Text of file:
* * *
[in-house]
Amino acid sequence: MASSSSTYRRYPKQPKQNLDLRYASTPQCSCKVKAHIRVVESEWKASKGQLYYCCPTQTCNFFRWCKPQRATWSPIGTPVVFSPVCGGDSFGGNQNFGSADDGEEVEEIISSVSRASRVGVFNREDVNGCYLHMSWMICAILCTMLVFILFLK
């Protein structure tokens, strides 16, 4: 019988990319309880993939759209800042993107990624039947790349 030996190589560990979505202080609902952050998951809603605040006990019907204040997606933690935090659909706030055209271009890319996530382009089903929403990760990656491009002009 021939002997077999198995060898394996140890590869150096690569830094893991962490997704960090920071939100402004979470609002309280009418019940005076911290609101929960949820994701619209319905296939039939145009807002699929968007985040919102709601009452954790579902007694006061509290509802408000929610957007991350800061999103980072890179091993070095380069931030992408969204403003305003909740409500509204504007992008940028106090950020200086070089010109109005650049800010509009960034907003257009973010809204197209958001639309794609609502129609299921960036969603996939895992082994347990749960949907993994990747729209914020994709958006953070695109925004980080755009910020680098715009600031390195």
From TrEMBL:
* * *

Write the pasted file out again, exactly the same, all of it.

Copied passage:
[in-house]
Amino acid sequence: MASSSSTYRRYPKQPKQNLDLRYASTPQCSCKVKAHIRVVESEWKASKGQLYYCCPTQTCNFFRWCKPQRATWSPIGTPVVFSPVCGGDSFGGNQNFGSADDGEEVEEIISSVSRASRVGVFNREDVNGCYLHMSWMICAILCTMLVFILFLK
């Protein structure tokens, strides 16, 4: 019988990319309880993939759209800042993107990624039947790349 030996190589560990979505202080609902952050998951809603605040006990019907204040997606933690935090659909706030055209271009890319996530382009089903929403990760990656491009002009 021939002997077999198995060898394996140890590869150096690569830094893991962490997704960090920071939100402004979470609002309280009418019940005076911290609101929960949820994701619209319905296939039939145009807002699929968007985040919102709601009452954790579902007694006061509290509802408000929610957007991350800061999103980072890179091993070095380069931030992408969204403003305003909740409500509204504007992008940028106090950020200086070089010109109005650049800010509009960034907003257009973010809204197209958001639309794609609502129609299921960036969603996939895992082994347990749960949907993994990747729209914020994709958006953070695109925004980080755009910020680098715009600031390195």
From TrEMBL: